These are useful and well-intentioned steps; it will be important that, in a post-pandemic world, we seize on these initiatives, refine them and, where possible, scale them up. However, we need to acknowledge that they are creating flow-on problems, research that has not been peer-reviewed is used as the basis of decision-making, finding and curating all of those duplicating and overlapping reviews is very challenging, and how data has been validated and analysed is often unclear.
Interestingly, research platforms that were designed to overcome some of these challenges in a pre-pandemic world, like F1000, have not been swamped by publications. If this was their moment, the research community does not seem to have realised it. On the other hand, the growing interest in ‘living’ continually updated evidence reviews does seem to have taken off in an environment where so little is certain and new evidence is available every day.
Research publication is noisy
Over the first few months of 2020, there has been an initially small, but dizzyingly rapid production of primary research and reviews of research related to COVID-19. These research studies have been broadly disseminated through the usual research publication systems as well as through social media, clinical networks and other channels. Challengingly, this useful research has been accompanied by a blizzard of commentary, opinion and editorialising; often from the same publication platforms as the research, but also from everyone else, up to and including celebrity chefs.
Clinicians, managers and policy-makers (and journalists) who were valiantly trying to stay across all the research as it emerged were quickly overwhelmed by the confetti of competing, unsubstantiated, conflicting voices and views, all purporting to be providing ‘evidence’. We need better strategies to remove the noise from our research publication and dissemination systems, and we need them now. Simple flags for identifying research that has been peer reviewed or accessible, curated collections of rapid systematic reviews would be useful steps in the right direction.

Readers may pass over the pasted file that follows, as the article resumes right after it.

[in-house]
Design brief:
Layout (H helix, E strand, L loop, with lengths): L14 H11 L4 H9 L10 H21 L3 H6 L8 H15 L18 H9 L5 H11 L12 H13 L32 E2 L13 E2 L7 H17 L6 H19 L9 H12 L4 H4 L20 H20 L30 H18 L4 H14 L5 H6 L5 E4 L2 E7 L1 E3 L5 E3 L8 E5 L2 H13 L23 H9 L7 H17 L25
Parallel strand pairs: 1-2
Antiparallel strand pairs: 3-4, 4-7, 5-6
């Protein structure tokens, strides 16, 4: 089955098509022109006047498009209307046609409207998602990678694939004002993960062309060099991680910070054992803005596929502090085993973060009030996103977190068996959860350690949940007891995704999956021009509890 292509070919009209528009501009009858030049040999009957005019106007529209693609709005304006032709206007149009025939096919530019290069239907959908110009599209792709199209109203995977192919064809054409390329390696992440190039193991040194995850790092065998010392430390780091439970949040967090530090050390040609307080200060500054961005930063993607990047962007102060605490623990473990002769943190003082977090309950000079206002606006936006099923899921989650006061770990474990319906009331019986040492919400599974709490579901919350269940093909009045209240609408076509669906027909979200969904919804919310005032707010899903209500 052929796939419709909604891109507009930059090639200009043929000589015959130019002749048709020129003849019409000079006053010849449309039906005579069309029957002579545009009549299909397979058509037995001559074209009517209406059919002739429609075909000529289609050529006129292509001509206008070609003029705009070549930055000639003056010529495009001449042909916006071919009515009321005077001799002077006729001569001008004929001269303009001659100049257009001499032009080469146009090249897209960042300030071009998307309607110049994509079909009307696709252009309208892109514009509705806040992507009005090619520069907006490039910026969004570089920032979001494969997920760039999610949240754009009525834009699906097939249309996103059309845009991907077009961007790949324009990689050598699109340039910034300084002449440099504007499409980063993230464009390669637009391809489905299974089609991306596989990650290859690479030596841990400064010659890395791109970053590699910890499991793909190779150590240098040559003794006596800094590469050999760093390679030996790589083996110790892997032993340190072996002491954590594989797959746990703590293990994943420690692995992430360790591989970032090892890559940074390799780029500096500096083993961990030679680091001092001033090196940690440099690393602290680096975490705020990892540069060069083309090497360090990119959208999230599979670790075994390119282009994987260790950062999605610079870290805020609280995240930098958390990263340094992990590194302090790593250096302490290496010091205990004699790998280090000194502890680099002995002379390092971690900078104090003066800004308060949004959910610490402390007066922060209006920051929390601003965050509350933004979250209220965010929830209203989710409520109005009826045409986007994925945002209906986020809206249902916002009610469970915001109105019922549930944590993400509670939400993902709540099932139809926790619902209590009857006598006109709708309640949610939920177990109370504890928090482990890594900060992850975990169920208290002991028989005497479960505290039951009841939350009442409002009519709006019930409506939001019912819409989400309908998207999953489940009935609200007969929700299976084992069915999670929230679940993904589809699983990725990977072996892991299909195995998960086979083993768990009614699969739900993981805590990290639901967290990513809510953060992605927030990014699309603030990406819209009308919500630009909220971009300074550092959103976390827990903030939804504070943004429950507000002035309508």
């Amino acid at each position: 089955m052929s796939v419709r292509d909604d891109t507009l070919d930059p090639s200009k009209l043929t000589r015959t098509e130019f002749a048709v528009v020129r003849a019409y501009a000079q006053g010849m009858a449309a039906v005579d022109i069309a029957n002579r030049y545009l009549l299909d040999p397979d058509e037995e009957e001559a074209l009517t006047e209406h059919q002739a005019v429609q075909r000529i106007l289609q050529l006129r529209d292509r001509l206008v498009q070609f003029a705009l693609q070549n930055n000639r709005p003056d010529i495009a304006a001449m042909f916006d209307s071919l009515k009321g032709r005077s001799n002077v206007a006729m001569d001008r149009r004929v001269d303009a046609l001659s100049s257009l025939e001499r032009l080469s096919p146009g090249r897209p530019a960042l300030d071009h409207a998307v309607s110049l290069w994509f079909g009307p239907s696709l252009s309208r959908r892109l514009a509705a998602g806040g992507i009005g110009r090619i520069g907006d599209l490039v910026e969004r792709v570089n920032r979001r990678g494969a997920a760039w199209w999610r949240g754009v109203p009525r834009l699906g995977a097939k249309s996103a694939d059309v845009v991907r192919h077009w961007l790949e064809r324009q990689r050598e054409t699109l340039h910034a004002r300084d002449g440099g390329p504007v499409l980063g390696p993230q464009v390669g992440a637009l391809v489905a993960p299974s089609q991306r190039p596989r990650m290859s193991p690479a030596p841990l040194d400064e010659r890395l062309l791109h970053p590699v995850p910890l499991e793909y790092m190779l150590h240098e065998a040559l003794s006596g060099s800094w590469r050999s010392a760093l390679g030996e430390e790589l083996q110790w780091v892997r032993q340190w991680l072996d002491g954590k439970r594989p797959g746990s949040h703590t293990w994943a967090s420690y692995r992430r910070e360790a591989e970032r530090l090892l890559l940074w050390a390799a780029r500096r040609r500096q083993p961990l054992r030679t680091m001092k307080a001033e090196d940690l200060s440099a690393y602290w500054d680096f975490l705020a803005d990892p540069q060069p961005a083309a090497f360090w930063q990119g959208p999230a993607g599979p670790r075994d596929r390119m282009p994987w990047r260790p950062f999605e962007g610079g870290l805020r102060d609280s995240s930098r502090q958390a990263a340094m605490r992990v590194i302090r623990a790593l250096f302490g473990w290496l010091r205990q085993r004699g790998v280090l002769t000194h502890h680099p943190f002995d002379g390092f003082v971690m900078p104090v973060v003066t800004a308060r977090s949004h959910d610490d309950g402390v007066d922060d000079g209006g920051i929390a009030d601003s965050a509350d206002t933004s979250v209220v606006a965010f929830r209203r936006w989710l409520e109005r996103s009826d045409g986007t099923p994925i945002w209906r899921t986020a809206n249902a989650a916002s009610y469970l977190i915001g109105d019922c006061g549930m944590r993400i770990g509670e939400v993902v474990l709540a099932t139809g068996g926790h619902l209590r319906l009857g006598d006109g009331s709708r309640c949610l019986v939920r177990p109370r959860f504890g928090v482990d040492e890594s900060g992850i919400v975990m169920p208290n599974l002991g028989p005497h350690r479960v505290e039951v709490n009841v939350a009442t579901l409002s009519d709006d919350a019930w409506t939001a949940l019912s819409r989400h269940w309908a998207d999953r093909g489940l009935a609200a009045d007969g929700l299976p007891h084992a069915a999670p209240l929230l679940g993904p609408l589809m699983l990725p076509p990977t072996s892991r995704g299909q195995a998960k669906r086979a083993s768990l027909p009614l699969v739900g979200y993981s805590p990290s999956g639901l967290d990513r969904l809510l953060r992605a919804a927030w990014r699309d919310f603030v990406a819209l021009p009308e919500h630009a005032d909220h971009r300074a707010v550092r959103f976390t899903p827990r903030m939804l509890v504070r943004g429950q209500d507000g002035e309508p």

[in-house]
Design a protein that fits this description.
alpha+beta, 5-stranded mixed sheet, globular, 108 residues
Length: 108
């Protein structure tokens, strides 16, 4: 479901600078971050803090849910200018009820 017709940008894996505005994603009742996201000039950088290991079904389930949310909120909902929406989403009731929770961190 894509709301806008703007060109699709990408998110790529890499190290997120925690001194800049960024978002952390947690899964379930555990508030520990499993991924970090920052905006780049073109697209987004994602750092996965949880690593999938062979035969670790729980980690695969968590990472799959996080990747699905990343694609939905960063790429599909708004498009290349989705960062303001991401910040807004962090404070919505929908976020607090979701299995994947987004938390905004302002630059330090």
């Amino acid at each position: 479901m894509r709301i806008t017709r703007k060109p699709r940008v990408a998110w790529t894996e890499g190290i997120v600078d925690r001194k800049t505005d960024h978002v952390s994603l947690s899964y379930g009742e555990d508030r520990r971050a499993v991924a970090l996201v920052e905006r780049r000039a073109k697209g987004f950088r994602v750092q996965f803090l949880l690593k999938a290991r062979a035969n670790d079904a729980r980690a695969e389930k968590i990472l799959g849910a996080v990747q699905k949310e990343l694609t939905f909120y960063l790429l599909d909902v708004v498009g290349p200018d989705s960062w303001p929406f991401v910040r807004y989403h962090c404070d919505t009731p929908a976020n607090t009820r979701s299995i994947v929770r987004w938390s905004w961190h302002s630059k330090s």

There is a desire for research
Having been increasingly disheartened by the cynical attitudes towards ‘experts’ and ‘evidence’ so sadly ubiquitous in the pre-COVID-19 world, it has been hugely encouraging to see the widespread demand for research evidence to guide health decision-making at all levels, from individual patients to global multi-laterals.
This presents a huge opportunity for the research community to demonstrate their ability and willingness to engage, and it has been encouraging to see our colleagues step up and into the conversation. There is no doubting the real-world impact of research on decision-making in the shadow of COVID-19, even if it will be months before we see the publication metrics.
The real challenge will be converting these acute ‘evidence hunger pangs’ into an ongoing appetite in our governments, health systems and others to fund and use research evidence to guide decision-making beyond the pandemic. To achieve this, we need to ensure that we capture data and stories of the impact of research on decision-making during the current crisis, so we can build on this momentum following the pandemic.
Researchers are collaborators
Never before have so many researchers asked for access to pre-publication data from their colleagues on the other side of the globe and received a rapid and resounding ‘yes’. COVID-19 has provided an undeniable imperative to put aside concerns of being pipped to the publishing post or to the funder’s wallet, to collaborate in the service of the global, common and immediate good.